Thirteen weeks into the 2015 season, the NFL is a league of extremes. From the Panthers to the Browns, Chris Burke ranks all 32 teams.
Oh, what a strange season it has been.
The NFL has an undefeated team (the Panthers) but no one-loss or three-loss teams at the moment. It has a division leader at .500 (the Colts and Texans) and another below .500 (Washington/Philadelphia/New York). Just one team, Cleveland, has been eliminated from playoff contention through 13 weeks.
What’s to come? Who knows. But this is how it all shakes out for now ...
Since a reported sitdown with offensive coordinator Hue Jackson two weeks ago, Jeremy Hill has regained a little momentum—he rushed for 98 yards and a touchdown Sunday after a 5.4 yards-per-carry effort in Week 12. The more he can do in December and January, the less there is to fall on Andy Dalton’s plate.
Can you guess who’s leading the league in receiving yards over the past four weeks? Nope, not Odell Beckham Jr. or A.J. Green. Allen Robinson, Larry Fitzgerald and Antonio Brown are up there, but not any of them either. The answer: Doug Baldwin, with 433 yards and six touchdowns from Weeks 10 to 13.
The Colts put up as much resistance against Pittsburgh’s passing attack as the air keeping a falling leaf from hitting the ground. This has become a recurring theme, too. When Ben Roethlisberger is in the lineup, the Steelers are absolutely explosive on offense.
Over the next three weeks, Buffalo plays two first-place teams and another team that's just a game back. Sounds daunting ... except all three of those clubs reside in the NFC East (Philadelphia, Washington and Dallas). If the Bills can’t make a run against that division, they deserve to stay home for the playoffs.
By almost all statistical metrics, this Colts team is below average, to the point that its 6–6 record could be considered overachieving. Fortunately for them, Sunday’s humiliating loss in Pittsburgh only counts once. Indianapolis still has the driver’s seat in the AFC South, with the Texans set to visit in Week 15.
No great mystery here. When the defense plays a dominant game, the Texans win; when it doesn’t, as was the case Sunday against Buffalo, the Texans lose. And the offense is just sort of there, like decorative parsley on top of a steak.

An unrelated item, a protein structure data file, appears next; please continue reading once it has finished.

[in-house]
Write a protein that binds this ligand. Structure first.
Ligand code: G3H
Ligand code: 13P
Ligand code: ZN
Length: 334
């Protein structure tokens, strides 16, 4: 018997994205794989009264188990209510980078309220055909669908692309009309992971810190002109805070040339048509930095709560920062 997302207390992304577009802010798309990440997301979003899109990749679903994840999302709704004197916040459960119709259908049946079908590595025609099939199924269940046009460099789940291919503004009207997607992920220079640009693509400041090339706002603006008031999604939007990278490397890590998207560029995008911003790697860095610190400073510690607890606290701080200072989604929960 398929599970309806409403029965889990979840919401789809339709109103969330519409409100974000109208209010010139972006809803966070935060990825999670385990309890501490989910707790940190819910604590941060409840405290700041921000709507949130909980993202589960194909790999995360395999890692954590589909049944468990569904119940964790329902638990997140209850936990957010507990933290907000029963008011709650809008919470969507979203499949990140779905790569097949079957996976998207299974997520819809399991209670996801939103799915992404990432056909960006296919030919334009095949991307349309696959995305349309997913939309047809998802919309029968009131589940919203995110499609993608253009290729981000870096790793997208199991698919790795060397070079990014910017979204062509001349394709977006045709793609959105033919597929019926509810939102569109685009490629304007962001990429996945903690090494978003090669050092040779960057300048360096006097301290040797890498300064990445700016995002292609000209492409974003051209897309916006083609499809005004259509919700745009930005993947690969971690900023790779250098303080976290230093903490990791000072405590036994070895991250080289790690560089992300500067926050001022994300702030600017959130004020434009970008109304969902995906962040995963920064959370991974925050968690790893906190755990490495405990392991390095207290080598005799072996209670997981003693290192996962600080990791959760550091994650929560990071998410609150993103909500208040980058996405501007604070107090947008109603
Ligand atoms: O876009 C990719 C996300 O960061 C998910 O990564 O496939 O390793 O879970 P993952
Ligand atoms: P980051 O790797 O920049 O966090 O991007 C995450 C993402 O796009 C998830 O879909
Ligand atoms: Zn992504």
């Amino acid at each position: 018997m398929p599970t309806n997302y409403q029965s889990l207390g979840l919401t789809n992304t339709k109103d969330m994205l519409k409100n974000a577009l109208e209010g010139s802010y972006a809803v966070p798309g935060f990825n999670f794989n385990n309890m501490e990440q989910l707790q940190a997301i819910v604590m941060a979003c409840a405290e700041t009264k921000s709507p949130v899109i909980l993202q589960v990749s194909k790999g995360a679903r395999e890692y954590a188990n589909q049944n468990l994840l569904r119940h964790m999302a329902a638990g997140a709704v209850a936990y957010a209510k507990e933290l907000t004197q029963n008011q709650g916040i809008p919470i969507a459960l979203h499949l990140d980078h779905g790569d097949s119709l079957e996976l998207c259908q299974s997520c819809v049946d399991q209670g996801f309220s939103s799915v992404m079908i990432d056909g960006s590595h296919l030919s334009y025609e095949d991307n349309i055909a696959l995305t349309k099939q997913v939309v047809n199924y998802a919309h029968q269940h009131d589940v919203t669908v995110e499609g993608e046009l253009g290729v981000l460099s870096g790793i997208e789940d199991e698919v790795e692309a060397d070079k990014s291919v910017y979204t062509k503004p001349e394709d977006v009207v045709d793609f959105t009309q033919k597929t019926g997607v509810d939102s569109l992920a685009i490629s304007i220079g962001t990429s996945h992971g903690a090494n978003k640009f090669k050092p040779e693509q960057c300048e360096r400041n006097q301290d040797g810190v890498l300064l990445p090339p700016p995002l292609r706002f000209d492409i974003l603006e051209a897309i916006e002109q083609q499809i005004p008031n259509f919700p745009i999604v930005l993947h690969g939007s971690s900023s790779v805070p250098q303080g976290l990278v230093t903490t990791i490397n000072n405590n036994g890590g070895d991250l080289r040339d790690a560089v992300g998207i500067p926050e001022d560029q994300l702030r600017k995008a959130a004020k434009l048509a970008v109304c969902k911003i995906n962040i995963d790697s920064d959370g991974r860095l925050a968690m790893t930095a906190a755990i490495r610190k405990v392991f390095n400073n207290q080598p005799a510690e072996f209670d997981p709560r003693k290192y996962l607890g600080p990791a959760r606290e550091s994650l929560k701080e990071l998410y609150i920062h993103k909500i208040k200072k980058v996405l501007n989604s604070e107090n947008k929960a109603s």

Any dream that Washington was the clear class of the NFC East vanished, yard by yard, as DeSean Jackson raced backwards toward his own goal line after fielding a punt late in Monday night’s loss. The Redskins still have yet to win two in a row this season.
The Raiders are a team without much margin for error right now, so their three turnovers Sunday—and, specifically, Derek Carr’s late pick-six—predictably led to a loss. Finishing with seven or eight wins may not be all that important in the long run, but it feels necessary for Oakland to carry over some momentum.
Among the most frustrating developments of this season is Ryan Tannehill’s stalled progress, bordering on debilitating regression. He hit on 9 of 19 passes in Sunday’s win, placing him along with Colin Kaepernick and Peyton Manning as the only QBs this season to attempt 19-plus throws and finish with single-digit completions.
After Devin Taylor facemasked Aaron Rodgers with no time left Thursday, there was a distinct air of unease at Ford Field, as if the fans anticipated Green Bay’s miracle. A long history of heartbreak is required to get to the point where people almost expect you to give up a 61-yard, game-winning Hail Mary.
The worst defense in NFL history, the 1981 Baltimore Colts, allowed 533 points. Right now, the Saints are on pace to give up 506. But that projected mark is on the rise—in four of the past five games, New Orleans has allowed more points than its season average (currently 31.7).
This is not a good team by any stretch of the imagination. The 49ers deserve some credit, though, for their last four games—wins over Atlanta and Chicago, close losses to Seattle and Arizona. Still doubt they sell many copies of “The Story of the 2015 49ers: Good effort and ... wait, Blaine Gabbert?!”
Matt Ryan is the fourth-best quarterback in the NFC South right now, which is a problem given that NFL divisions have four teams. He tossed another killer pick Sunday, sealing his team’s fate in a back-breaking loss to the Buccaneers.
The way San Diego’s offense lined up heading into the season, it would have been unimaginable for it to struggle the way it has at times. The Chargers gave up more points when they had the ball Sunday (seven, on an interception return) than they scored (three).
The Jaguars have improved enough that it’s more noticeable when they screw up. On the competency scale that lands them somewhere between truly awful (see: the 2012–14 Jaguars) and disappointingly mediocre (see: the 2015 Rams).
Chalk up another close loss for the Ravens, who have taken eight defeats by an average of just 4.25 points. Odds are that figure climbs over the closing four weeks. Baltimore wraps its throwaway season with games against Seattle, Kansas City, Pittsburgh and Cincinnati.
Johnny Manziel is back in at QB for the Browns, as they steamroll toward the No. 1 pick in the 2016 draft. Given how the franchise’s front office functions, they would have equal shot of using that selection on a bona fide contributor or losing it in a poker game at the NFL combine.